Several changes are being proposed regarding the City of Owensboro’s collection of solid waste, such as requiring the lid to close on containers as well as imposing fines surrounding garbage collection, stacking limbs in streets, and failure to maintain operating conditions of commercial and industrial containers.
City Commissioners heard a first reading Tuesday of an ordinance regarding proposed amendments to be made to Public Works’ Garbage and Refuse Collection Service Ordinance. The current ordinance was enacted in 1995.
“Mr. (Wayne) Shelton can tell you countless issues they’ve faced with the enforcement arm of this in dealing with individuals,” said Assistant City Manager Lelan Hancock. “The previous ordinance didn’t allow for any type of enforcement. 1995 was the first time this ordinance came about so, 25 years later, their business model has changed as well.”
Most amendments in the 13-page proposal are wording changes and clarifications.
“Areas are being addressed with the goal of bringing our ordinance up to date to reflect technology changes, refine or expand the definitions, install a mechanism for enforcement activity, and align the ordinance with past organizations of public works,” Public Works Director Wayne Shelton said.
One clarification Shelton proposed involved “trash fitting in the dumpster or toter.” Issues faced by Public Works have included overfilled toters.
“All that loose trash falls beside the truck and not into the truck, and that contributes to a litter issue,” he said, adding that the updated ordinance would clarify that trash sitting beside or on top of the toters would constitute a “special collection.”
A pair of changes proposed by Shelton surrounds both setting out and putting away mobile containers on the day of service.
According to the proposed ordinance, at locations where service issues persist for mobile containers repeatedly not being placed timely at curb, a return for collection will constitute a special collection and a service fee of $25 may be added to the monthly sanitation charge for each return collection required.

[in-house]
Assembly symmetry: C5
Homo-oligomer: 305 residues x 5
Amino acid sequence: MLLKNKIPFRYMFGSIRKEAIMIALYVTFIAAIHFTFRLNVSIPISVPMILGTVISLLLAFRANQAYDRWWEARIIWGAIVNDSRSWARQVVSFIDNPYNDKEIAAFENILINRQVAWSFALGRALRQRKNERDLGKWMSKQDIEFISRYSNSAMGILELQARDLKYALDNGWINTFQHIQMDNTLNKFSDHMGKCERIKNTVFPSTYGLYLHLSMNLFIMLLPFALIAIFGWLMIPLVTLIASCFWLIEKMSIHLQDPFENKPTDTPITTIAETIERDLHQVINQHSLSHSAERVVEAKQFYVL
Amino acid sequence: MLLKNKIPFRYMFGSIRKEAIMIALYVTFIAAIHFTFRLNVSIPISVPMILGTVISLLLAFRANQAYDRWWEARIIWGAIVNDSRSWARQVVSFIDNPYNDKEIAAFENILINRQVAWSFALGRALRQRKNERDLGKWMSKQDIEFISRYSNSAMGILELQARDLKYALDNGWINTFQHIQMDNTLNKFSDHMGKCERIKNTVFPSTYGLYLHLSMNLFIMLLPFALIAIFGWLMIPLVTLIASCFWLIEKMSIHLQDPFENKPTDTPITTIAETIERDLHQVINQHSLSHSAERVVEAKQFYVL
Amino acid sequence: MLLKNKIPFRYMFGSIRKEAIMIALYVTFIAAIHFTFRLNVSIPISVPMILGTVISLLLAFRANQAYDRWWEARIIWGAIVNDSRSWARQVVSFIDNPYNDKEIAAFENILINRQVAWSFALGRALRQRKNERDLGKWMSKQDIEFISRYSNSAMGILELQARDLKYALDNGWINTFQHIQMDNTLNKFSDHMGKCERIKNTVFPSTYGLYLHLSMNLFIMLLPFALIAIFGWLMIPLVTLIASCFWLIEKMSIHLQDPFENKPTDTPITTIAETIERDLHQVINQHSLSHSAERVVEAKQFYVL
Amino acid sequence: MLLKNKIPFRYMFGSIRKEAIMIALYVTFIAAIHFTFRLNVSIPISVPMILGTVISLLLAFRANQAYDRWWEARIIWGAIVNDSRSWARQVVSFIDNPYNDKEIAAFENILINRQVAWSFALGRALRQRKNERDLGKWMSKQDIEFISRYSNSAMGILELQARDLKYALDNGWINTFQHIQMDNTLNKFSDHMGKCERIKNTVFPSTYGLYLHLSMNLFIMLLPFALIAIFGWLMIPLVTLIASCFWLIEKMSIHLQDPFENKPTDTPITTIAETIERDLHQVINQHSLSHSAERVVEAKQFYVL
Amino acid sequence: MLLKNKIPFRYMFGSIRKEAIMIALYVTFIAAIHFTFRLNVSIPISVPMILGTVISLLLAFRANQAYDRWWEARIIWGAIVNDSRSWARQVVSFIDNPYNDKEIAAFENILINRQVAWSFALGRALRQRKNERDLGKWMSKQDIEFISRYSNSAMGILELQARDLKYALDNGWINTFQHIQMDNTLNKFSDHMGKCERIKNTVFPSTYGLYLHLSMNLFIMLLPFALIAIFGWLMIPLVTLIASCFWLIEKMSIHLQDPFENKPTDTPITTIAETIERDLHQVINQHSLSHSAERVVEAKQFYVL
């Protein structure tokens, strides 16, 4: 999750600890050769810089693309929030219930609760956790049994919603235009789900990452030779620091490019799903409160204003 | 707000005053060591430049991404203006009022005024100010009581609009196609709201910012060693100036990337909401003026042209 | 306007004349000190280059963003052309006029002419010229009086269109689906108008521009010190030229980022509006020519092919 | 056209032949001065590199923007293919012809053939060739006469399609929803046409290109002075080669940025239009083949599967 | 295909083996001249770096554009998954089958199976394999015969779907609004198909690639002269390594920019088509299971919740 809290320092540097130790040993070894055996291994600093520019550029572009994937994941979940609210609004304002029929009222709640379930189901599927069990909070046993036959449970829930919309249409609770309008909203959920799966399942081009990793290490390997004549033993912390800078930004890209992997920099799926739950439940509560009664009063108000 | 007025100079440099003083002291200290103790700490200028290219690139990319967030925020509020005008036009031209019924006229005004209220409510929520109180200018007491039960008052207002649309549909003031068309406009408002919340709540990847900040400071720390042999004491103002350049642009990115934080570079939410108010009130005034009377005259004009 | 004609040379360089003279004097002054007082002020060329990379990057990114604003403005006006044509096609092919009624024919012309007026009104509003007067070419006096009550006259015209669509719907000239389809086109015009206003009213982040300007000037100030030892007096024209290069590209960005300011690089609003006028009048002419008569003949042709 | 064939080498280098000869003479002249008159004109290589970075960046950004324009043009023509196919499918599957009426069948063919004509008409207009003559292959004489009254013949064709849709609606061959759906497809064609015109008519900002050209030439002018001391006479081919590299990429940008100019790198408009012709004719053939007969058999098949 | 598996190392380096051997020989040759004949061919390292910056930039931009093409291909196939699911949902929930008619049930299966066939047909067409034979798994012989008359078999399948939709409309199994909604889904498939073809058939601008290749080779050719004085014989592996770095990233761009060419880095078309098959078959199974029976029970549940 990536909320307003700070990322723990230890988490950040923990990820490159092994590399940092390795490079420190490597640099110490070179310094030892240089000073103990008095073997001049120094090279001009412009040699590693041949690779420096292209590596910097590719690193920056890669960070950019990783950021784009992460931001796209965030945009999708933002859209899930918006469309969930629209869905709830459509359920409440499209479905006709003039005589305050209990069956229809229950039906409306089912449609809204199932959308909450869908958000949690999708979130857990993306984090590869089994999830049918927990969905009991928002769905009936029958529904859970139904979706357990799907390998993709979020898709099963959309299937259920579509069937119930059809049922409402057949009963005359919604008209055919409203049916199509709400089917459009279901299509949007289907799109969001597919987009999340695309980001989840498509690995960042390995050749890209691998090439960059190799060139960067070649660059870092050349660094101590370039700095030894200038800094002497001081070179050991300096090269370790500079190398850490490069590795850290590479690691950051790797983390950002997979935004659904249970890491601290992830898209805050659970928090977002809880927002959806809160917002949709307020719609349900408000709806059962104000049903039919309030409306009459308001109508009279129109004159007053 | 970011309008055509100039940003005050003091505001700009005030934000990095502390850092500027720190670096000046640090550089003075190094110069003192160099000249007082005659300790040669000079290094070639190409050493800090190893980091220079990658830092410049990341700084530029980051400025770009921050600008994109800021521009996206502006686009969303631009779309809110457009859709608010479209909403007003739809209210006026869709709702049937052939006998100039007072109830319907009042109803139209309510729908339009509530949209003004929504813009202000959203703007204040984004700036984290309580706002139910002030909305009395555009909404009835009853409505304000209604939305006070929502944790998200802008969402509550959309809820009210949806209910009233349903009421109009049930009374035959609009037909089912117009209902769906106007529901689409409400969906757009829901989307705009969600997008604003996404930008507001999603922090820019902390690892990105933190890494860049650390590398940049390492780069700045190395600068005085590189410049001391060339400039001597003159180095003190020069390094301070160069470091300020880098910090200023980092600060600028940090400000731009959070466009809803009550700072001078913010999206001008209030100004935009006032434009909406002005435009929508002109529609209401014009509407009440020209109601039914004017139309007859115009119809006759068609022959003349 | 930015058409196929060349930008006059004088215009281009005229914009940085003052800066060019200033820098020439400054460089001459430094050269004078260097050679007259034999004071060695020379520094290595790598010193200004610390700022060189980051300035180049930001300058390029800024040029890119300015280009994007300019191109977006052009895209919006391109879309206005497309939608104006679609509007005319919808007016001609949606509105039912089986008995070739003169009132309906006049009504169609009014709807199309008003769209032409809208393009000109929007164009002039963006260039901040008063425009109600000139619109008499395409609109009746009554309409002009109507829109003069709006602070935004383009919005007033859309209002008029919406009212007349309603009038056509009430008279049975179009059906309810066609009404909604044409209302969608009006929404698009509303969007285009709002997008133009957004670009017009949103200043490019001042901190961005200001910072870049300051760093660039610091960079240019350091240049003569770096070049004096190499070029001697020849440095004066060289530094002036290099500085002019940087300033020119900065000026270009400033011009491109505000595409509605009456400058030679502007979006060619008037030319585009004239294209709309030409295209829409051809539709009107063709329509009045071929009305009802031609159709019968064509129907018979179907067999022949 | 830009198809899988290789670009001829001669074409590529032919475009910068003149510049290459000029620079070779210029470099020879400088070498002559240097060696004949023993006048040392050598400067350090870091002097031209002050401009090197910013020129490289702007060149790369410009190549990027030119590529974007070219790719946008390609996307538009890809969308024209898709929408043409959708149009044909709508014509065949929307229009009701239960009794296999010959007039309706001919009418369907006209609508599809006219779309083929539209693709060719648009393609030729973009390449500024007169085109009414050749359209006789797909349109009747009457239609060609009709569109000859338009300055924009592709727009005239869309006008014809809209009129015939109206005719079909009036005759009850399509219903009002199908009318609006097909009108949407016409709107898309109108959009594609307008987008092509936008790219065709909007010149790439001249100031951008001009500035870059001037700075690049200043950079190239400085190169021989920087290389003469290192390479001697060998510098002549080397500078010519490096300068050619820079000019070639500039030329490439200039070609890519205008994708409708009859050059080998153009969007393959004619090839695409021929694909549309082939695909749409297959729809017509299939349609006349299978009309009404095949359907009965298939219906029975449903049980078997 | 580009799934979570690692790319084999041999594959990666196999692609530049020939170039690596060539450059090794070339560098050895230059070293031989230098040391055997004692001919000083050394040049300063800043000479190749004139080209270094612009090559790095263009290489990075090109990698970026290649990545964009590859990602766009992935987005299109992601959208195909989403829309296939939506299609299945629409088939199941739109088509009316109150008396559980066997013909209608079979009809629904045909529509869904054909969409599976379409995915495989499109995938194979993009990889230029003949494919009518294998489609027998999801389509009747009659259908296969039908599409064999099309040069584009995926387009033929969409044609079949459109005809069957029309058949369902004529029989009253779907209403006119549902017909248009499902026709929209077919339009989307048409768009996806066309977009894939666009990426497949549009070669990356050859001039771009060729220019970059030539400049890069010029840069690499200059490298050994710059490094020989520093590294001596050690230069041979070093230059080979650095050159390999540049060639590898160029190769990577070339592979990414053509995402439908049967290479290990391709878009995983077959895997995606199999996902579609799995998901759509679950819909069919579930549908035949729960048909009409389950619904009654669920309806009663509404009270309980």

A similar fine could be issued for failure to remove the mobile container. If upon a notice of violation the mobile container remains at the curb for 24 hours, a citation shall be issued and a fine of $25 shall be assessed to include an additional administrative service fee of $25 for each violation for a total of fifty dollars $50 for each occurrence cited.
Another proposed change includes a fine for improper residential disposal of limbs and brush. Logs and brush shall not be placed inside mobile containers or bulk containers. Brush shall be prepared with butt end behind the curb and sidewalk and not in the street.
Stacking limbs and brush on the streets, sidewalks, and medians in strictly prohibited areas may result in notice of violation by code official requiring removal and may result in a citation if uncorrected with a $50 fine or fee assessed per citation.
“Typically, you’ll place those limbs in your yard. Some people lay them over the sidewalk and onto the street as well,” Hancock said. “If they fit [in the grassy space between the sidewalk and street], that’s fine as long as they don’t overhang. If you were in a wheelchair, riding a bike or walking, you’d appreciate those not being there.”
According to the proposal, all waste must be deposited in the mobile container with the lid closed. Material protruding from the container may prevent the container from being collected. Loose items/bags or boxes set on or beside a mobile container will not be collected during regular collection service and constitutes a special load for which there are additional charges.
Residential customers may purchase blue overflow trash bags at City Hall for excess trash. Bags shall be collected on regular sanitation service day. Bags shall be placed four feet from the mobile container and should not exceed 30 pounds in weight for collection.
In an effort to help curb complaints, Public Works is also proposing a special collection procedure.
“When a person puts a recliner out in front of his house, he’s supposed to call in to sanitation and notify that there’s a special collection for this location,” Shelton said. “Half the time, no one will call in. That old couch or recliner sits there for 2-3 weeks.”
The updated ordinance would create an implied contract stating that, if someone sets the materials out on the curb without contacting the sanitation department, they are OK with the department coming by to pick it up.
Shelton said the ordinance would also set a time limitation of seven days for removal of demolition waste for residential locations. Some houses demolished by homeowners have had waste left in the yards up to three years, he said.
Fines can also be assessed at commercial and industrial establishments.
According to the proposal, materials shall be placed in the bulk container so that lids close and doors shut. Over-full containers may be subject to a rate of one-and-a-half times the standard rate. No debris shall be placed on top of the container or piled around the container.
Purchased bulk containers shall be properly maintained to include doors, lids, and lift attachments in acceptable operating conditions and remain materially sound. Containers failing to meet these conditions shall be tagged out of service by the sanitation manager and repair or replacement shall be directed to the owner. Failure to remedy shall be a violation of OMU Code, shall be cited by code officials and be subject to a fine of no less than $100 and up to $500 with remedial measures requiring immediate replacement or leasing of a replacement until repaired.
Hancock said the Public Works department would soon list these ordinance changes on their website.